Blog 2: Humanizing Automation

"Ultimately we are creating autonomy for humans, not for the robots. Everything we design is for that human goal – we are not done when the robot is fully autonomous." - USTWO

I'm staying on the same tangent on my last blog post and am going to add some more thoughts on how we can best prepare for and make autonomy more humane.

1. Listen to Humans. The first step is to include human factors experts. It may sound obvious, but it is important to recognize that engineers should not have full control over creating autonomous systems. Even if the human was taken out of a process, our trusty human factors expert now has the task of reevaluating how this new system fits into the human goal. The purpose of automation, from a human factors standpoint, is to make humans more autonomous and free. Assuming this product team cares about more than a bottom line of efficiency, the system should be strictly analyzed for how a potential user or stakeholder is affected emotionally.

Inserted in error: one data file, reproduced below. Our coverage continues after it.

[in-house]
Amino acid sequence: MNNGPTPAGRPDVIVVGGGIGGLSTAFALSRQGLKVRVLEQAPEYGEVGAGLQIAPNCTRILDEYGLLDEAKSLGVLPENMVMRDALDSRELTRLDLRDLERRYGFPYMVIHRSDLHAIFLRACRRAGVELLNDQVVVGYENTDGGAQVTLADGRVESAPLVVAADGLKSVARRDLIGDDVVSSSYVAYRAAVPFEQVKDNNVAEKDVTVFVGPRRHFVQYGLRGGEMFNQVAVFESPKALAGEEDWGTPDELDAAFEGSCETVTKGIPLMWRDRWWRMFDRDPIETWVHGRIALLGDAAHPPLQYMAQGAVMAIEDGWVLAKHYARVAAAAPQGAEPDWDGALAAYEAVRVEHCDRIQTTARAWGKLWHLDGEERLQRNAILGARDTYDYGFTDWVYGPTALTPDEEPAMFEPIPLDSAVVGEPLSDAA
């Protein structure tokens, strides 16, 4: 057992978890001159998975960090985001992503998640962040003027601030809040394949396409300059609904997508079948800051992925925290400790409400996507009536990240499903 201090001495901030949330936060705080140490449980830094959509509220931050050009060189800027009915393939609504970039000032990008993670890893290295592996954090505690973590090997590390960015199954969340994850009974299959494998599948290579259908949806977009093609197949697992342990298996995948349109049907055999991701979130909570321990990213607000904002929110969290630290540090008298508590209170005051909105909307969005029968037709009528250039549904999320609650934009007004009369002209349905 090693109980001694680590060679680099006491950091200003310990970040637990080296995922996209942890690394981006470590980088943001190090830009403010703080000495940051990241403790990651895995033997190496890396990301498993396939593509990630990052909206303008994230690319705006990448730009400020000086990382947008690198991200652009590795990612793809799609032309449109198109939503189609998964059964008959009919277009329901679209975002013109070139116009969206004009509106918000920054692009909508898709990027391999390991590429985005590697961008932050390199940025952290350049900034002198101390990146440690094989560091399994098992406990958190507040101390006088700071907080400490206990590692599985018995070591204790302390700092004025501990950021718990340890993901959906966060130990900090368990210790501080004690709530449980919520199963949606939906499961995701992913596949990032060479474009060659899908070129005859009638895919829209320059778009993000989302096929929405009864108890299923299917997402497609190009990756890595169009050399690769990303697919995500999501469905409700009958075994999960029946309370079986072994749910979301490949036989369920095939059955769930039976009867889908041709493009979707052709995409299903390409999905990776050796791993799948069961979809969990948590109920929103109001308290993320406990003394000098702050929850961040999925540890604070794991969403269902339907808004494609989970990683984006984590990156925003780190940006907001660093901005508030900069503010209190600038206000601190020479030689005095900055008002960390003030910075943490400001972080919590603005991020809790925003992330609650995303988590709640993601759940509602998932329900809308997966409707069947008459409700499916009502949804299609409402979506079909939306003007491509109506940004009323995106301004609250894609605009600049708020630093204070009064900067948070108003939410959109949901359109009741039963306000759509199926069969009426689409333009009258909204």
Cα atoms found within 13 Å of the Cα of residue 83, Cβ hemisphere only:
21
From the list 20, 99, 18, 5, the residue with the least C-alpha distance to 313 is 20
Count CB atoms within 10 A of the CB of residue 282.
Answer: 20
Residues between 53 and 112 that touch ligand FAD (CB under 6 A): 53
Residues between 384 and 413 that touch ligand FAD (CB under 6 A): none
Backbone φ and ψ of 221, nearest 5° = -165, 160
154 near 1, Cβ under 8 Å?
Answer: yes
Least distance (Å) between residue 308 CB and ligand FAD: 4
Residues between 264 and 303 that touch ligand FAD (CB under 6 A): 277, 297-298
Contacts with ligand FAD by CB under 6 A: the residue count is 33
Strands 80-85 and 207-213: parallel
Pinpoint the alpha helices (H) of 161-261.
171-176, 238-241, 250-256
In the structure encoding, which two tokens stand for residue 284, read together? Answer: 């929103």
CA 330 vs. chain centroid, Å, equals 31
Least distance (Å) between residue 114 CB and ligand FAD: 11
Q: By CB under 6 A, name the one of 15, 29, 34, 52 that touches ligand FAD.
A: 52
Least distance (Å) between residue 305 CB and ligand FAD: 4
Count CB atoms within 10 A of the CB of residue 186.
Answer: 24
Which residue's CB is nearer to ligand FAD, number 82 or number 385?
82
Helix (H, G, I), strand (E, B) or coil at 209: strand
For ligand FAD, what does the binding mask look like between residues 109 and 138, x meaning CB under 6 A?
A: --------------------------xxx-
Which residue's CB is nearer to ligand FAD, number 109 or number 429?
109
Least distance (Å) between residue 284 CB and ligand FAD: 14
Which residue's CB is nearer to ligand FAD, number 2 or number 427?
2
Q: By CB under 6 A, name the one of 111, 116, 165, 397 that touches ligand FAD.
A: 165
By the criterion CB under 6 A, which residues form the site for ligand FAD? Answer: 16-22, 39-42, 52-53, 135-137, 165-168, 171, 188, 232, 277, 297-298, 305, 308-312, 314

2. Listen to their emotions. On the note of task analysis, designers should look at the emotional processes within existing conventions and systems before automating them. If an experience is negative then there is room to make people happier! If the process is something that people enjoy or feel positive about, efforts should be made to preserve the feeling the users get when interacting with the system at all costs.

3. Leave it to humans. Things like ethics and efficiency are better left to robots to standardize, but we may have to let things be sometimes for sensitive situations. We don't want a robot delivering diagnoses to cancer patients or hospice-bound people, empathy and human touch is needed in these situations. When there are interactions that require empathy, intrinsic judgment, and the unpredictability that a human can provide to life, it's better to let it be. No matter what, we won't be able to relate to a machine on a human level, so machines will not be much help in those moments when someone is on a metaphorical or physical ledge.

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